I was going to title this "Apocalypse Now", but with all the End of the World talk going around, I figured I'd go for something different. You see, I may have just broken one of the seals. Or signaled the Four Horsemen to get down and boogie.
Something monumental happened to me.
I'm still whirling.
In all seriousness, though, I've had a couple of epiphanies over the last two days. The first one spurred on the next.
Hello. My name is Maggie, and I am a Yeller. (Hello Maggie!) I have four children, ages six, four, two and eight months. To say things get loud and chaotic around here is... well, it's an understatement. I don't always handle the noise, bickering and near constant interruptions to my thought process (seriously, I've been pulled away from this article a couple dozen times already) with as much grace and cool calm as I would like. Instead, I behave like my four year old, having a meltdown.
I am not proud of this. I have been trying to work on this bad habit of mine without much success. It was far too easy to emotionally vomit on my children, to get that release of pent up frustration. I'd been unsuccessful in those attempts...
Sure, it's only been a day and three hours (yes, I'm
counting..), but I see improvement already. You'd like to know my secret?
My first epiphany was my Yell Check Chart:
(pixilated, sorry! And don't worry about the bruises on her face, she tends to be very... active.. in how she shows her displeasure at not being held--she smacks her forehead down VERY hard, no matter what surface is under her... even if that surface is a toy that can leave a bit of a black eye..)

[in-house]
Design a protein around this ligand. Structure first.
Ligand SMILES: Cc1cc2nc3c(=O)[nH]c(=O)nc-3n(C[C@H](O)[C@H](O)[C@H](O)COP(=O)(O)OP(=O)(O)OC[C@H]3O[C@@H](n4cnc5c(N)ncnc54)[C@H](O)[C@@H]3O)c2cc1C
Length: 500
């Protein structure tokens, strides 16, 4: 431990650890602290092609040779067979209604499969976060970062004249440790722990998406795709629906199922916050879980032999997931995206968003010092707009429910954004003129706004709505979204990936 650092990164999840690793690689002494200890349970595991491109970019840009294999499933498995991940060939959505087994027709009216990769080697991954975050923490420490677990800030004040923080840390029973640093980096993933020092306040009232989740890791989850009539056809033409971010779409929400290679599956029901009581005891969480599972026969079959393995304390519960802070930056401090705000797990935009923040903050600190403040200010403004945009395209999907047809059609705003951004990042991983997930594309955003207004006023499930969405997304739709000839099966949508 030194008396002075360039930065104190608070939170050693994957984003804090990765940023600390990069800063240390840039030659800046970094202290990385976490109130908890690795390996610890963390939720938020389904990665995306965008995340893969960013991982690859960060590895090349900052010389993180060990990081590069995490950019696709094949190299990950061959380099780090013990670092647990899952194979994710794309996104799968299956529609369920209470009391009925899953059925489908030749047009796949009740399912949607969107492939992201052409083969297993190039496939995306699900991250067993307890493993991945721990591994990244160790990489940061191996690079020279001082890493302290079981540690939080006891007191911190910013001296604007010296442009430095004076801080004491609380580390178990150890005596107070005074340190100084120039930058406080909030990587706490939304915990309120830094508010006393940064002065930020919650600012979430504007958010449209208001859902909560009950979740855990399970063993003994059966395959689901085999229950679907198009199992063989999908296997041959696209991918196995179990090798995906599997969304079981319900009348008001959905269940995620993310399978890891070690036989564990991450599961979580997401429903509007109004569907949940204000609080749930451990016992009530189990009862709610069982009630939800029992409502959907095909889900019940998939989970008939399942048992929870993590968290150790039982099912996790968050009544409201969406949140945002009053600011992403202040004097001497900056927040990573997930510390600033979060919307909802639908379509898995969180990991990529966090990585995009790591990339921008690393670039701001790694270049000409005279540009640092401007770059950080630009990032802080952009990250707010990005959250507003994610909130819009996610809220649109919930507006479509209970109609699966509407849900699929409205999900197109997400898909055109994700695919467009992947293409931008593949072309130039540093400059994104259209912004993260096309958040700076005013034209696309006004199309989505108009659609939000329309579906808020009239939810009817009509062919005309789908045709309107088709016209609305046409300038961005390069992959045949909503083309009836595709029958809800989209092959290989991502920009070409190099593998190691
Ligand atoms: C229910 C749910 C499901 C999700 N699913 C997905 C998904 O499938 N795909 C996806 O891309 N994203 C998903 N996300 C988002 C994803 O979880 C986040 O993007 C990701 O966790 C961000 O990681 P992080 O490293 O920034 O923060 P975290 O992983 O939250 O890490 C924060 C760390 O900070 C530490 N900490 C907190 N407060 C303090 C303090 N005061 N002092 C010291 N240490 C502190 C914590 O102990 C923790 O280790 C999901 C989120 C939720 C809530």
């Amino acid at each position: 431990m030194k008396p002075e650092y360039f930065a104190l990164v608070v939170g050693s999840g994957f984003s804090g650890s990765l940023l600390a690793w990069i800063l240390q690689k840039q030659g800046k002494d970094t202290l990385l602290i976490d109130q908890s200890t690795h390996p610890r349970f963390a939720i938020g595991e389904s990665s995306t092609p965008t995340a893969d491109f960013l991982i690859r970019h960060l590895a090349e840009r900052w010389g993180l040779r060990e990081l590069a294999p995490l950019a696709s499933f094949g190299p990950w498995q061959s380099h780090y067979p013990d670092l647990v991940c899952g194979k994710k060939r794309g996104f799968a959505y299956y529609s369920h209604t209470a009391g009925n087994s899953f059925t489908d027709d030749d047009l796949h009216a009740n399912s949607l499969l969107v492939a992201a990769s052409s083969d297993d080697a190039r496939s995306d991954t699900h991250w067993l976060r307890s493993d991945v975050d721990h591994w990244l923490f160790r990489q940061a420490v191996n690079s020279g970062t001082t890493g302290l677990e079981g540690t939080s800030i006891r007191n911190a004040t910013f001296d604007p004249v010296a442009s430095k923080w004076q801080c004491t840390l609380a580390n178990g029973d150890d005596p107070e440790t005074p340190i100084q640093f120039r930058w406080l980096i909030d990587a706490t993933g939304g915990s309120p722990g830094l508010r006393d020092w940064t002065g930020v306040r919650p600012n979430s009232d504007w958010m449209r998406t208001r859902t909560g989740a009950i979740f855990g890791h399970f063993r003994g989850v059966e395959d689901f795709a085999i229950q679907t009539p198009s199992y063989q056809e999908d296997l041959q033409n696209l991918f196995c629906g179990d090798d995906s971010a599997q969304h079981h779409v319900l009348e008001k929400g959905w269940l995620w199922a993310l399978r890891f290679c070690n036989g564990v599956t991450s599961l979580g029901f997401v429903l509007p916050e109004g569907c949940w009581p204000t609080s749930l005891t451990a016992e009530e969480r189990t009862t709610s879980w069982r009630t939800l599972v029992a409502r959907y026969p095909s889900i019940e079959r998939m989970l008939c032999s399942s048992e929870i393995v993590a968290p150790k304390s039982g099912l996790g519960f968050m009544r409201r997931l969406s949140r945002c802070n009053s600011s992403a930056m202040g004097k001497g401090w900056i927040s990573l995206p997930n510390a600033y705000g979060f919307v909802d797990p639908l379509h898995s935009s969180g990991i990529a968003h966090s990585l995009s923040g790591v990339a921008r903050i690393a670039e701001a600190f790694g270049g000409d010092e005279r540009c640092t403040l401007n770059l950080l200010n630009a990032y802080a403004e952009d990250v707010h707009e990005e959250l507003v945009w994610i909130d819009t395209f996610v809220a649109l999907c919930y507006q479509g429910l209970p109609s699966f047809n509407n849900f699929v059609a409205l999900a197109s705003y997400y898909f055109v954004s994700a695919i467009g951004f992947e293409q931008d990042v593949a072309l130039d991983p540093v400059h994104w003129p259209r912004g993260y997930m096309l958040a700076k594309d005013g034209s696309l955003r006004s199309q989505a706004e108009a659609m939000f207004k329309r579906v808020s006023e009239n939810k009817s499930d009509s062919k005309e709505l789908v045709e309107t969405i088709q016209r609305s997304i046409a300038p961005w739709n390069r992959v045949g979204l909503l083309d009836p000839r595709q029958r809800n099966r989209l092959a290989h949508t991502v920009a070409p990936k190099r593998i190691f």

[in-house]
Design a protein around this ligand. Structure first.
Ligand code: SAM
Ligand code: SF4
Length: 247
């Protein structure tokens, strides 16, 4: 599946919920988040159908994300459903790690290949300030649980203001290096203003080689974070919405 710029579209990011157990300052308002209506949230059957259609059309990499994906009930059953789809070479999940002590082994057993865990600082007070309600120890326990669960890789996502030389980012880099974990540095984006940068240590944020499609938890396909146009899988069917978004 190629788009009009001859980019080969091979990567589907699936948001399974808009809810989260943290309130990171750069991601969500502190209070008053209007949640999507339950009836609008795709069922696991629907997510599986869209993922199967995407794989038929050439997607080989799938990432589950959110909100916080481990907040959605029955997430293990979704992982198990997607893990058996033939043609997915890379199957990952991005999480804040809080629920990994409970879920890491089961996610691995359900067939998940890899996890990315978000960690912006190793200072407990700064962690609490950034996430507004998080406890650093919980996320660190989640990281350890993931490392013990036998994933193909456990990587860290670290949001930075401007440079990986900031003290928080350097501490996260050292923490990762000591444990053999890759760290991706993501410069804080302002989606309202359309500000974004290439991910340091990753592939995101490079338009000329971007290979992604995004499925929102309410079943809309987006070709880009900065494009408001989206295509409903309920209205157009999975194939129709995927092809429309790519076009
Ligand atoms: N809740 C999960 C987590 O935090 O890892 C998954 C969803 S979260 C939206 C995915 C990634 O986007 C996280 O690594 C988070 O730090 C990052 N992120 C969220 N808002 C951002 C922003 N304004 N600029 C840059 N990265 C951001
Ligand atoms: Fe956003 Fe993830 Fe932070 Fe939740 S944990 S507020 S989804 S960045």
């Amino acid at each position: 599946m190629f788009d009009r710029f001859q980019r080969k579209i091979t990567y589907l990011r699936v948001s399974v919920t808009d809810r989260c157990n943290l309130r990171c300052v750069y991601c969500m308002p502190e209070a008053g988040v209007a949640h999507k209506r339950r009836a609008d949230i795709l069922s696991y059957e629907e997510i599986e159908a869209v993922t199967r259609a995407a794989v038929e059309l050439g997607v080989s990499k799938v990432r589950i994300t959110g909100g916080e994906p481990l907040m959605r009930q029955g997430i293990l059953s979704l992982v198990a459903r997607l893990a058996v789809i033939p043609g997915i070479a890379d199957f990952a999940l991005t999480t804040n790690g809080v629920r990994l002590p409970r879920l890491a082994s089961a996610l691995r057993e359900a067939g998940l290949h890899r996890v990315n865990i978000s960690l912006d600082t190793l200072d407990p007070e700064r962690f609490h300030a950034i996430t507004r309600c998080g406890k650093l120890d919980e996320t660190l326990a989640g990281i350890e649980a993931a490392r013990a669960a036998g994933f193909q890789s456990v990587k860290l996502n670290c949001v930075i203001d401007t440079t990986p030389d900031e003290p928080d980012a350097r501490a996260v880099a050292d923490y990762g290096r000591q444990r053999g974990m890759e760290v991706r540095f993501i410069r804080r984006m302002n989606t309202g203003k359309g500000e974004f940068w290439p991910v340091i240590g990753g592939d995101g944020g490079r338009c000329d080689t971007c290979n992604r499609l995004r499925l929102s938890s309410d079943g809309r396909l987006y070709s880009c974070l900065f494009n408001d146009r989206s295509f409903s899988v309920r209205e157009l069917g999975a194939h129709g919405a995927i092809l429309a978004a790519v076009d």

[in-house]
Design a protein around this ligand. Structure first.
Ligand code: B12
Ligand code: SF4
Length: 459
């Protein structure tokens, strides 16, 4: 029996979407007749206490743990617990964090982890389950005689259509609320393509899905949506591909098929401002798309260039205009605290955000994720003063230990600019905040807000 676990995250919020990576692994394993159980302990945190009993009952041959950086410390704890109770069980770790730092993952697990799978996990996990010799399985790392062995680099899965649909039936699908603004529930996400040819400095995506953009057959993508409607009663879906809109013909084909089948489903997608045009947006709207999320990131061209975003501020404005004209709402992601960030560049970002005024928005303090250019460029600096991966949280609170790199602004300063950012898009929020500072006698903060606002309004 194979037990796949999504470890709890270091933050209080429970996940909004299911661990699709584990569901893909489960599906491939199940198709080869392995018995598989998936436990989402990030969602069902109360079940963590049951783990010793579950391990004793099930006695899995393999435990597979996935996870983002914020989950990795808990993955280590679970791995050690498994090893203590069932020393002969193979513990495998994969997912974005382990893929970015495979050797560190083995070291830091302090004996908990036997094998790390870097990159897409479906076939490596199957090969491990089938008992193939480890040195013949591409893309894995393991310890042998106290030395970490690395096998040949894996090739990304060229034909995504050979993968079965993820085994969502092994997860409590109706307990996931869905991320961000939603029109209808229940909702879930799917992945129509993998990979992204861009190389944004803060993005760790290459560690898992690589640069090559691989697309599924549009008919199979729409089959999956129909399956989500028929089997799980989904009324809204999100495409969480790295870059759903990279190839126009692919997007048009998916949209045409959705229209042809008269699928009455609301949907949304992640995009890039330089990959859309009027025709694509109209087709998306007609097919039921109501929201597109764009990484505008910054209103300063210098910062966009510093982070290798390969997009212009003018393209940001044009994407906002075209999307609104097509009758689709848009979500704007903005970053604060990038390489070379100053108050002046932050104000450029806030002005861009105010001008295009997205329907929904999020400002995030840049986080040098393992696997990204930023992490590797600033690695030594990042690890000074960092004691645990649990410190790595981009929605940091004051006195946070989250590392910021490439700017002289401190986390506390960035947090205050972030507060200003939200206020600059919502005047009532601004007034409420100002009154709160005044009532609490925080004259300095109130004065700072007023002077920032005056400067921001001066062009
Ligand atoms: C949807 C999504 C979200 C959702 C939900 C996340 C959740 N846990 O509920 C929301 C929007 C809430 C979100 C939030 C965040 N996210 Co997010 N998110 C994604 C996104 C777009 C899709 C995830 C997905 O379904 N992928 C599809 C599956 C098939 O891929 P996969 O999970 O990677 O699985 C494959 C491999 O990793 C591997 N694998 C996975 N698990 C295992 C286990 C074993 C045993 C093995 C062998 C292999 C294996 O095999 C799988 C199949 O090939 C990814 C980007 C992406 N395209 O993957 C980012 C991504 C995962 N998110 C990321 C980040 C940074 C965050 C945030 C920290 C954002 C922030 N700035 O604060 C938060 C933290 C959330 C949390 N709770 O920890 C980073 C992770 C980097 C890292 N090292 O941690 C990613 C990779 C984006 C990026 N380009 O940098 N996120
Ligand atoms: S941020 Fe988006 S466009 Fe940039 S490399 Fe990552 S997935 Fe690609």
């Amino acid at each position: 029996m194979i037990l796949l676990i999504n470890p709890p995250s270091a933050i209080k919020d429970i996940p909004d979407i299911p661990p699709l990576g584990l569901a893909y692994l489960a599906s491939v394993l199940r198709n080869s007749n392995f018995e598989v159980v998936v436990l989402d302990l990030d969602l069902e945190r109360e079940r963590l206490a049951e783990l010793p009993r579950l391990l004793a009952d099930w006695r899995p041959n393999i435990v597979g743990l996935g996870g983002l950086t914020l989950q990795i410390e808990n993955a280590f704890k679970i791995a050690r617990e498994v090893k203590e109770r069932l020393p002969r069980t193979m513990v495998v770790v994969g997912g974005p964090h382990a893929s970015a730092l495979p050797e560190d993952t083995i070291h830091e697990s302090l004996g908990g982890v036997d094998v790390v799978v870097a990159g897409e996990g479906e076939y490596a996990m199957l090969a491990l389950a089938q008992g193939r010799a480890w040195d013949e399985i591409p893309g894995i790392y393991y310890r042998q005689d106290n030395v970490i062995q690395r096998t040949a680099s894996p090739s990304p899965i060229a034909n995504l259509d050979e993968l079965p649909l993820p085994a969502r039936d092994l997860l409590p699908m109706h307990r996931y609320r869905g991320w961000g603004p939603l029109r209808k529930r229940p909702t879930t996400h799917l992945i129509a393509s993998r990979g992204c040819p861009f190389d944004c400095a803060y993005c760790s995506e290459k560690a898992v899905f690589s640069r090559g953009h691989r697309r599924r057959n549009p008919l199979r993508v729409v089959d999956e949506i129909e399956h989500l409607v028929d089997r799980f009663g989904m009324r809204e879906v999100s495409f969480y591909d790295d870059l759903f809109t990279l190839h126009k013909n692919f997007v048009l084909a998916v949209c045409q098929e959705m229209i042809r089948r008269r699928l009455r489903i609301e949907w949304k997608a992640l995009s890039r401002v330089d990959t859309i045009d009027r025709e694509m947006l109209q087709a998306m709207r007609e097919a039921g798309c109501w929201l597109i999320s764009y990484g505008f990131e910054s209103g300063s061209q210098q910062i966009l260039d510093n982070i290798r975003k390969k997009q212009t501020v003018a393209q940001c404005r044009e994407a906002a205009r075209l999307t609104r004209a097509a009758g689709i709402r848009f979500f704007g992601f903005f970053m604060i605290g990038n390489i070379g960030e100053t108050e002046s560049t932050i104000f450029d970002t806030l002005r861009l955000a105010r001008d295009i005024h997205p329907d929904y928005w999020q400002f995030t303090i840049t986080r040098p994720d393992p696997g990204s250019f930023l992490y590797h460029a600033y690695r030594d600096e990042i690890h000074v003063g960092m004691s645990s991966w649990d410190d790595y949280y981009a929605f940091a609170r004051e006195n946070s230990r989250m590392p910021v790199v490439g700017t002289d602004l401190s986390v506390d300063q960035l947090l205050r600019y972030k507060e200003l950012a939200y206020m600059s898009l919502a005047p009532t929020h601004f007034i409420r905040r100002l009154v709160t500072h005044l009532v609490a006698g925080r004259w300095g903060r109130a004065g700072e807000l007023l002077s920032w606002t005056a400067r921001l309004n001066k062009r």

I plan on getting this chart laminated so that I can erase it at the end of each week, after recording the details in a file on my computer. Each time I raise my voice in anger or frustration (not when I'm hollering for someone to come in for dinner, or to come here from the other side of the house--it's all about the spirit behind it, don'tcha know?), I have to fill in a box. When telling my friend about this, she thought it was a GREAT idea, and took it one step further--she was going to do this as well, though she wanted to record what she was doing, and what her children were doing when she got frustrated and yelled. I think that's a good idea, and will do that as well.
I started this yesterday, and I am happy to say I didn't yell even one time. Holding myself accountable by having a visual record was enough to help me hold my tongue. I don't want to have to fill in those boxes! It really helped me check my attitude and be deliberate about how I interact with my children.
Which led me to this morning. Oh, my friends, my two year old woke up early and cranky. I could have given in to the urge to yell in exasperation and anger more than a few times, let me tell you! I held my tongue and stayed calm with her, though.. and that's when my second epiphany hit me: our children need us to stay in control of ourselves, especially when they are not in control of themselves. It is easy to want to behave exactly like them--but we can't do that!
I know, many parents are gonna shake their heads, "She's just now figuring this out?!" In fact, I believe Millie has spoken about this before, too. I guess it just now clicked! Not only are we to be a good example on how to deal with our emotions in a calm manner, we can also fuel their out-of-control behavior when we ourselves are not in control.
I'm happy to report it is not, in fact, the end of the world.
At least, not in my house. My house is finally under some semblance of order!
(By the way--it took me five hours to get this article written up--I spent a great deal of time interacting with the children in a calm, loving manner. So if this is disjointed in its flow, please forgive me!)